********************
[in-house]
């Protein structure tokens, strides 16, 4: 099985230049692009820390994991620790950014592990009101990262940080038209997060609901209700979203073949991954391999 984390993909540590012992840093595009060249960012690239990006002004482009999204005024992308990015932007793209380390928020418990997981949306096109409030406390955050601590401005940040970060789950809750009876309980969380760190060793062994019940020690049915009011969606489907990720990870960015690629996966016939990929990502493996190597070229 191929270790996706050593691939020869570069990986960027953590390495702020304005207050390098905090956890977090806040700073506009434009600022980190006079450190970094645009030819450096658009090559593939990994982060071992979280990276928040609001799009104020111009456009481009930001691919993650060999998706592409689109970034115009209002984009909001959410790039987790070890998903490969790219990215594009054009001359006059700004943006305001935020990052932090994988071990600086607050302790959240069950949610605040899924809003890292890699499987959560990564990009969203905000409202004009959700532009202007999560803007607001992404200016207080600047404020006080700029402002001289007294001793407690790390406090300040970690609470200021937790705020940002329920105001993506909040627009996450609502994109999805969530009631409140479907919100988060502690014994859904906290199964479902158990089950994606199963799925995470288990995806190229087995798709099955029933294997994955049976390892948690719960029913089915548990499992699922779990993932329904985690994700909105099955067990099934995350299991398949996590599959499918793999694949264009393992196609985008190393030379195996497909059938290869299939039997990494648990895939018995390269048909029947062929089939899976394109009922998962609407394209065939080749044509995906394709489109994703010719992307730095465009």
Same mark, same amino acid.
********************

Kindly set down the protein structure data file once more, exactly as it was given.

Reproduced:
[in-house]
């Protein structure tokens, strides 16, 4: 099985230049692009820390994991620790950014592990009101990262940080038209997060609901209700979203073949991954391999 984390993909540590012992840093595009060249960012690239990006002004482009999204005024992308990015932007793209380390928020418990997981949306096109409030406390955050601590401005940040970060789950809750009876309980969380760190060793062994019940020690049915009011969606489907990720990870960015690629996966016939990929990502493996190597070229 191929270790996706050593691939020869570069990986960027953590390495702020304005207050390098905090956890977090806040700073506009434009600022980190006079450190970094645009030819450096658009090559593939990994982060071992979280990276928040609001799009104020111009456009481009930001691919993650060999998706592409689109970034115009209002984009909001959410790039987790070890998903490969790219990215594009054009001359006059700004943006305001935020990052932090994988071990600086607050302790959240069950949610605040899924809003890292890699499987959560990564990009969203905000409202004009959700532009202007999560803007607001992404200016207080600047404020006080700029402002001289007294001793407690790390406090300040970690609470200021937790705020940002329920105001993506909040627009996450609502994109999805969530009631409140479907919100988060502690014994859904906290199964479902158990089950994606199963799925995470288990995806190229087995798709099955029933294997994955049976390892948690719960029913089915548990499992699922779990993932329904985690994700909105099955067990099934995350299991398949996590599959499918793999694949264009393992196609985008190393030379195996497909059938290869299939039997990494648990895939018995390269048909029947062929089939899976394109009922998962609407394209065939080749044509995906394709489109994703010719992307730095465009």
Same mark, same amino acid.